This is how Maryam Shahriar, director of the Iranian feature Daughters of the Sun (2003), chooses to shoot a wedding procession:
And this is how she chooses to shoot a funeral procession:
Does the similarity between these two shots imply a world-view? Something about the relationship between human beings and the larger forces of the World? Before you answer, check out a few more shots of human endeavor from the film:
So, OK. Film club compatriot Skunkcabbage picked this film as the follow-up to last week's pick, Thirteen (2003), in part to investigate how the experience of teenage girlhood plays out cross-culturally. In our own culture, adolescence is a period in which we (ideally) have the luxury to undergo the process of "individuation," but given that the role of the individual seems pretty radically downplayed in the Iran we see in Daughters of the Sun, we should maybe expect the process to look pretty different. And, sure enough, adolescence in this film functions as little more than mark the period at which you get to go off and start laboring as a weaver:
Maybe if you're especially canny you can get a marginally better supervisior-type position at the weaving station by concocting a scheme wherein you disguise yourself as a boy, like our protagonist does:
It's important to underline here that Amanagol's disguise here is something born of sheer financial necessity: it is never presented in the film as anything resembling self-expression or gender exploration. There's no "I don't know who I am" angst in this film, any more than there are any of the other "normal" (read: Western middle-class) dramas of adolescence ("no one understands me"; "I never get to do anything"). If there's any familiar marker of teenage girlhood in this film, it's in the occasional expressions of palpable yearning for a better life, but there's never any sense the social system they're in will ever reward that yearning with anything but a swift reduction to dust.
The film, in fact, takes some pains to systematically discount the potential of hopeful alternatives. We see some, here and there, including a rough-and-tumble travelling musician who looks like he might function as a romantic lead:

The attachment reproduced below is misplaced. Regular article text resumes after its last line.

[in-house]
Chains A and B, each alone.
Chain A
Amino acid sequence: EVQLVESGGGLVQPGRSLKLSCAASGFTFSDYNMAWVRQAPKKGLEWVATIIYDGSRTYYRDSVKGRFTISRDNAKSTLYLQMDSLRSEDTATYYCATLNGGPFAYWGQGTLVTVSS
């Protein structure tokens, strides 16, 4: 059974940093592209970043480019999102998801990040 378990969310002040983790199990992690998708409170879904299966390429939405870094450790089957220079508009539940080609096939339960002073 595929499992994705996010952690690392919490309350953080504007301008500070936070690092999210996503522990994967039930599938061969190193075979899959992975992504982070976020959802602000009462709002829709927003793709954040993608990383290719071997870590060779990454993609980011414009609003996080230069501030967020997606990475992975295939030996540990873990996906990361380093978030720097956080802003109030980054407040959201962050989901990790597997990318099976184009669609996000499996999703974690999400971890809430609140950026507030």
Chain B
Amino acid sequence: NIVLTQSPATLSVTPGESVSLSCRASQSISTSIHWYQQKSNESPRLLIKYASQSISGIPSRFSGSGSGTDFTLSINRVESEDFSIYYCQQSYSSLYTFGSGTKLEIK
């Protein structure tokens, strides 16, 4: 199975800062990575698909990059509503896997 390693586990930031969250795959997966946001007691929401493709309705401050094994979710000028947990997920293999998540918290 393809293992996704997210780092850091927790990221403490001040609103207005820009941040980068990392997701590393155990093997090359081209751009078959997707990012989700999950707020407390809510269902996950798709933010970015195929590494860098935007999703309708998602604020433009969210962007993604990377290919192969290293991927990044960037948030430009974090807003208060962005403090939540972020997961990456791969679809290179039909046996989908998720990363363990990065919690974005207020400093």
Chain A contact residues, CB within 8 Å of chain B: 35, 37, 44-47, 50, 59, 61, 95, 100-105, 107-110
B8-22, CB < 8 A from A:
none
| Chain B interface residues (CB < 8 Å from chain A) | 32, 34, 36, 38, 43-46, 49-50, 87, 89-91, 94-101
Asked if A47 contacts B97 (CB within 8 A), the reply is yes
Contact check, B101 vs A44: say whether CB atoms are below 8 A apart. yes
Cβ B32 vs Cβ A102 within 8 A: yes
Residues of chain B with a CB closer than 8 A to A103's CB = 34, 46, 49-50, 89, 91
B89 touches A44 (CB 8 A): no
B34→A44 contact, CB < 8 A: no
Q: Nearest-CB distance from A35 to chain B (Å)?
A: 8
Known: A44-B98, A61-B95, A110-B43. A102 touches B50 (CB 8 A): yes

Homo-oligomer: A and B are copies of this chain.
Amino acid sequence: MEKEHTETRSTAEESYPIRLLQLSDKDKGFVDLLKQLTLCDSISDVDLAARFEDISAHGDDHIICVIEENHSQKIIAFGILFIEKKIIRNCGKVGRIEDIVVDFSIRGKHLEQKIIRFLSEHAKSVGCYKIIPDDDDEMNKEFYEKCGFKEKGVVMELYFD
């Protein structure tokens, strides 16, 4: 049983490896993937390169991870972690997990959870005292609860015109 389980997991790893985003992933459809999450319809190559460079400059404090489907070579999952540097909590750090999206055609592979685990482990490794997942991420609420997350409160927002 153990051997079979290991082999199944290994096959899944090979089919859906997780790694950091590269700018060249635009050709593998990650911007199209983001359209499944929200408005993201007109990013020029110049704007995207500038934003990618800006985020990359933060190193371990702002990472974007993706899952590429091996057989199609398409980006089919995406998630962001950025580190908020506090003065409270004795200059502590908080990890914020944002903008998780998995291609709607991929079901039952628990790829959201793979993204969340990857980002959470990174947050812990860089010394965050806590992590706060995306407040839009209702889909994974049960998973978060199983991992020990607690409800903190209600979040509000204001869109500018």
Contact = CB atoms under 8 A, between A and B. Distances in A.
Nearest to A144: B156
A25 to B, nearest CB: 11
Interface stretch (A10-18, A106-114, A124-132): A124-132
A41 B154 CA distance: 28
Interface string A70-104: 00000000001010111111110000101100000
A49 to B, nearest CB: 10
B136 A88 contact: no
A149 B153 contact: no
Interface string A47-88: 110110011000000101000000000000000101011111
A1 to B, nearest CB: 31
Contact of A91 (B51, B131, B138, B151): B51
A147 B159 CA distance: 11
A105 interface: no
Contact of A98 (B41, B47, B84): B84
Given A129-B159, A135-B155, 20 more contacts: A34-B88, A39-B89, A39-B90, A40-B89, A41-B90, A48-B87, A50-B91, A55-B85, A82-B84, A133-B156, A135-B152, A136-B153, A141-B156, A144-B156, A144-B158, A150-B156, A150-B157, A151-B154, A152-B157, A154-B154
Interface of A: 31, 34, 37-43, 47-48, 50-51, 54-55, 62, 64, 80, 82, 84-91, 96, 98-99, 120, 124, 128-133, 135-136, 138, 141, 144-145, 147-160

Or this guy, who has a homemade Ferris wheel that looks like it's meant for a world where there's some mirth, somewhere:
Or this guy, a person from the government, vaguely associated with the promise of social services:
The overlapping narrative lines here begin to recall something like Do the Right Thing (Film Club V), but whereas Do the Right Thing portrays a lively (if tense) community, Daughters of the Sun is very much the opposite: there's no community at all, just a series of atomized individuals, who could potentially help one another but who end up amounting to nothing but so many missed connections. The musician turns out to be a common thief, the Ferris wheel operator never encounters a single child, and the government agent, in a near-Beckett-grade development, spends the whole movie driving around looking for the village he's assigned to. Pretty grim stuff, not exactly the celebration of "the strength of Iranian women" that the Netflix sleeve promises.
Next week we continue with the theme of Suffering Teenage Girls with my pick, Carl Dreyer's 1928 silent film The Passion of Joan of Arc, the fourteenth-most acclaimed film of all time, according to the They Shoot Pictures, Don't They? aggregate list.
Unscrambled's write-up is here.